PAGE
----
Castiel said yes, because Castiel is always trying to help, and make things better. Castiel, for all his talk about free will, is just the same as any other angel— he always looks for a larger authority to save them. The angel Ambriel told him that he was expendable, and she was right (just as Lucifer was about Sam). He’s expendable not because Sam and Dean are the “real heroes”, or whatever. Castiel is expendable because he never picks a side. Castiel has one foot in both worlds, and as such as he can never truly devote the time to fix either one.

But he isn’t expendable now. Unlike the Leviathans, he’s allowed this great force to take over his body. He’s made a conscious, rational choice to save the world. He thinks that he’s made the right choice, finally— that Lucifer being free and his possible death are worth the cost. But that desire has blinded Castiel to the truth that Sam already knows: Lucifer will destroy everything too.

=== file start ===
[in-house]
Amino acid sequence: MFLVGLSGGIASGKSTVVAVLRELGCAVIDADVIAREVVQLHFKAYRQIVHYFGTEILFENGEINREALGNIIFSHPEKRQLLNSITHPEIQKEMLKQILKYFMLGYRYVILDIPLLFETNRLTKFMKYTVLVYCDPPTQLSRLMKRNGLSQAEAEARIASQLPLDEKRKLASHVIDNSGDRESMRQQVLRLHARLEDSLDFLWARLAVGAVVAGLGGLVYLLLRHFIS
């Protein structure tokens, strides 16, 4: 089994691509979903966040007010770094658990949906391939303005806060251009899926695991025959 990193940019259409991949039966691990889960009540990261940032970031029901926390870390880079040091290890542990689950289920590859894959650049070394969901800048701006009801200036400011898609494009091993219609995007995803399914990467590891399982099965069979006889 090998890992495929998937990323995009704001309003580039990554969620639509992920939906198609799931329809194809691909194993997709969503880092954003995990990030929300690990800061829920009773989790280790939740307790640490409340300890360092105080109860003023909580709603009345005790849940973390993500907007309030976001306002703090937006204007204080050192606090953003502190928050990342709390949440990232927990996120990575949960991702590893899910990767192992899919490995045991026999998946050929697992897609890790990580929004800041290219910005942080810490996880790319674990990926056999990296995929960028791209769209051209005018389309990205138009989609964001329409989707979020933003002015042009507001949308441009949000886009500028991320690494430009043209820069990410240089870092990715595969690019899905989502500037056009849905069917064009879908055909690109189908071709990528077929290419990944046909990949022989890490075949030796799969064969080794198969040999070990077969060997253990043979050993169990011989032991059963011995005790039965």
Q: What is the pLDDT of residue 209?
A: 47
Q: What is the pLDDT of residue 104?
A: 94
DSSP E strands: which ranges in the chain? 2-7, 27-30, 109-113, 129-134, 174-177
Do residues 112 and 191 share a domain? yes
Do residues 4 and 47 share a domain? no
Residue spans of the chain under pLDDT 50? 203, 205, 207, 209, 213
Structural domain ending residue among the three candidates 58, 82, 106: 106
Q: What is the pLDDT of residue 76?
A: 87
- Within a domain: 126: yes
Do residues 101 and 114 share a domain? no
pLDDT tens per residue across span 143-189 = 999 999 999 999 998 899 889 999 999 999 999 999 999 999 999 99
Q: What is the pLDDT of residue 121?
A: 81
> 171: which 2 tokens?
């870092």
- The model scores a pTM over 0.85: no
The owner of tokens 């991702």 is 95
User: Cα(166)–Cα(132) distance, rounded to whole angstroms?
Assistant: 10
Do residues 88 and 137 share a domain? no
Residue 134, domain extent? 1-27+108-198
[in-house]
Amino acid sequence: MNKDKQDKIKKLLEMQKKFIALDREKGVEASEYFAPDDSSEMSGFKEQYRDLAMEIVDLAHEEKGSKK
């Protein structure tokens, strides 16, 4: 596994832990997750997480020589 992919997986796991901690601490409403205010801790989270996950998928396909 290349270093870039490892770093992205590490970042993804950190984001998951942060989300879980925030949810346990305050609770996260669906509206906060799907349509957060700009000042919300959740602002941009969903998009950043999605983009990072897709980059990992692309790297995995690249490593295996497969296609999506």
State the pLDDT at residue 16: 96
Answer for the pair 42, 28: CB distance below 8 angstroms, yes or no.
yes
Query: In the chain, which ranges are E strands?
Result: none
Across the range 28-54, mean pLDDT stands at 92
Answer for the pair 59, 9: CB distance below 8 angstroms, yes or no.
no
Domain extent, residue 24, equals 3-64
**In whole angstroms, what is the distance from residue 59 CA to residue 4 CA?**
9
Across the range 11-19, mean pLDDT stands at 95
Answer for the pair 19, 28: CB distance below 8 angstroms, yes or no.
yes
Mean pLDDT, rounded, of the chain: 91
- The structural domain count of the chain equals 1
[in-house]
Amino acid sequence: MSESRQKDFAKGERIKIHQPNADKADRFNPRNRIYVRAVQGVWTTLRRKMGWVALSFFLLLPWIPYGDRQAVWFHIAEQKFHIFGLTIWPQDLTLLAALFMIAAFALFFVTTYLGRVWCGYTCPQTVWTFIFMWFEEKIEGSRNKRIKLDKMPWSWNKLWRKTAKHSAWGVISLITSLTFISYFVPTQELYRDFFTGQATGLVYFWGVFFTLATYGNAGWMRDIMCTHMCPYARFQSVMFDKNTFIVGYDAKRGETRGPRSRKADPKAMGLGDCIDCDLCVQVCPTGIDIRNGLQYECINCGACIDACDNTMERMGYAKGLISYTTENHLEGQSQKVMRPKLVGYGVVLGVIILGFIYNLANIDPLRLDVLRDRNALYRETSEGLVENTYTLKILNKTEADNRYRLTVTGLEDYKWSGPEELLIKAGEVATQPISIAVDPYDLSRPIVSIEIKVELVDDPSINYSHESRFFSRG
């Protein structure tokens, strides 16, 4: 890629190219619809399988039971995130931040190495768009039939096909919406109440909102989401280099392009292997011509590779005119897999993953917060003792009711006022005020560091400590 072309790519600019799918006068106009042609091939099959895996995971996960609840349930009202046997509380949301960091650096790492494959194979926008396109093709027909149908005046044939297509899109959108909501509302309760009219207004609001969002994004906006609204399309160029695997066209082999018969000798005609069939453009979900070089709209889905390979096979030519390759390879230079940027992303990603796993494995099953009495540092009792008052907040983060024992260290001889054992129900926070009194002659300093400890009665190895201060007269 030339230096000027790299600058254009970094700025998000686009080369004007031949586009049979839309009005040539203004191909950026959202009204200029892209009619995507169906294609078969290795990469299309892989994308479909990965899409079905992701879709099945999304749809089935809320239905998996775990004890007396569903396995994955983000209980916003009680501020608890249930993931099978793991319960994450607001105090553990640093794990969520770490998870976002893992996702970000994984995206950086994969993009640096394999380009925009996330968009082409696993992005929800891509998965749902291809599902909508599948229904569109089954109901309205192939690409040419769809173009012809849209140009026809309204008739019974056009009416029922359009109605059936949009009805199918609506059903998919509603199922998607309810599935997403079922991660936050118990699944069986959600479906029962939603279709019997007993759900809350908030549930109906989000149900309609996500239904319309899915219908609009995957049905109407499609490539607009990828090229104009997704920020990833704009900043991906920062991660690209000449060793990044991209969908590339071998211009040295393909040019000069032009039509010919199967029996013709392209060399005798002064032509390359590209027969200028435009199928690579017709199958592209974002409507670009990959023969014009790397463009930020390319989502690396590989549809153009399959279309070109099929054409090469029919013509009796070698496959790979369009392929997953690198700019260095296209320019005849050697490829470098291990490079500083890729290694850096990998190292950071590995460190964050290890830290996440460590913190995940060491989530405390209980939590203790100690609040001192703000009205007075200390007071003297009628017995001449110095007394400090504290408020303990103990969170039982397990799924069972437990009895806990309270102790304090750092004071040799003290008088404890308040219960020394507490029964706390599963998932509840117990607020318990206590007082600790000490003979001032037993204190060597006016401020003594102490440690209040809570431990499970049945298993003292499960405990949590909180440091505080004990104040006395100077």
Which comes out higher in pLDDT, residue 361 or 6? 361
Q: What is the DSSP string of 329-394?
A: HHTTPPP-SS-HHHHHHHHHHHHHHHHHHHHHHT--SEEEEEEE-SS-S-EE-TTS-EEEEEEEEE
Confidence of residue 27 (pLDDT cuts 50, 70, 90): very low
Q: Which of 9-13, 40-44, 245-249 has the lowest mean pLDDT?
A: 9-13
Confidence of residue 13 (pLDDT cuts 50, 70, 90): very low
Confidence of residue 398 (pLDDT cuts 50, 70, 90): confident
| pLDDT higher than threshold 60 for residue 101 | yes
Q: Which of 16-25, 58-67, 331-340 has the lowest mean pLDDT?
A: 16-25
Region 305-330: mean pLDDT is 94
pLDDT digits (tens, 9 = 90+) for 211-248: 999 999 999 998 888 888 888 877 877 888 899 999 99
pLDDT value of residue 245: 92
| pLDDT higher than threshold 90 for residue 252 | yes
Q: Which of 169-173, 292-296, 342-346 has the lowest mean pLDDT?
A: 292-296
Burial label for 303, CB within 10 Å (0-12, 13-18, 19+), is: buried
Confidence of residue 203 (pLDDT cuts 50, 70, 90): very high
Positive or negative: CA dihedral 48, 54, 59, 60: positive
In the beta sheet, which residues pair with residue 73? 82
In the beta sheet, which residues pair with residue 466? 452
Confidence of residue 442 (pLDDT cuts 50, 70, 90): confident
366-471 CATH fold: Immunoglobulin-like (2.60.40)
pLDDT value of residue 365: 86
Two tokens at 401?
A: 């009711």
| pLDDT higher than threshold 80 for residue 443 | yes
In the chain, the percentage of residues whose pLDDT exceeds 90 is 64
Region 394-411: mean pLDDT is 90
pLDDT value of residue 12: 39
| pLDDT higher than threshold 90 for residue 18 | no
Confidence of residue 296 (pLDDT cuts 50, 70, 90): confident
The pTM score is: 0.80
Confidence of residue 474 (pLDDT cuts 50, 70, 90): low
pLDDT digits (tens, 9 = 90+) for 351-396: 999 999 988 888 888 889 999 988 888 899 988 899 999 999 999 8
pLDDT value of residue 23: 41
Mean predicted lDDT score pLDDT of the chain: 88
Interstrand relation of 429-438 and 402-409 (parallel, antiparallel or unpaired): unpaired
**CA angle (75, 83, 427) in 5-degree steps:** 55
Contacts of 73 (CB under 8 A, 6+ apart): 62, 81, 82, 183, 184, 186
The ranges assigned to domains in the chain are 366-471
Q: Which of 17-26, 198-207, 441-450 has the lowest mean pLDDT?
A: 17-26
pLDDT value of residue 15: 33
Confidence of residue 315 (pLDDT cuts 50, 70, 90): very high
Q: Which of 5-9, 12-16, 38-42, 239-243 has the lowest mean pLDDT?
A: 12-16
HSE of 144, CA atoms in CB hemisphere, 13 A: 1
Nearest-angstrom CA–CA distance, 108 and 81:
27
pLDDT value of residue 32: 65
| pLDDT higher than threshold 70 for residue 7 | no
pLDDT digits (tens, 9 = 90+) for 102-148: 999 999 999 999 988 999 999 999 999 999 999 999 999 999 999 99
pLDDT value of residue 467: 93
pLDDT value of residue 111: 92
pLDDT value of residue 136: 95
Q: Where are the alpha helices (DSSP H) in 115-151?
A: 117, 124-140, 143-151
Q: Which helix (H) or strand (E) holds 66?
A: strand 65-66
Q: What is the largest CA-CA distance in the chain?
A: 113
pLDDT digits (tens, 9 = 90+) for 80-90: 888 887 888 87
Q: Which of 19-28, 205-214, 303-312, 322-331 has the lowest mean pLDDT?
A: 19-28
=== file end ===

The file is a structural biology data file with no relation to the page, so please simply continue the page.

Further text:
* * * *

Rowena is dead.

It’s not surprising, from the perspective of the Supernatural universe or the production of said show. Rowena had grown more and more powerful, and with her ability to pop Lucifer in and out of the Cage at will and the Witch Catcher around her neck, she was a super weapon that could be fired over and over again. The fact that Rowena never saw herself as a threat to Lucifer is surprising, but also isn’t— she’s looking for a higher power to protect herself, just as Crowley did with Amara. She tried to make a deal with the Devil (his freedom for her safety), and paid the price. It’s also a good indication of what Lucifer’s true motives are. If he was really into killing The Darkness and then moving “to LA [to] solve crimes” (a lovely potential Angel reference), he would’ve kept Rowena around so that he could use her myriad skills in the fight.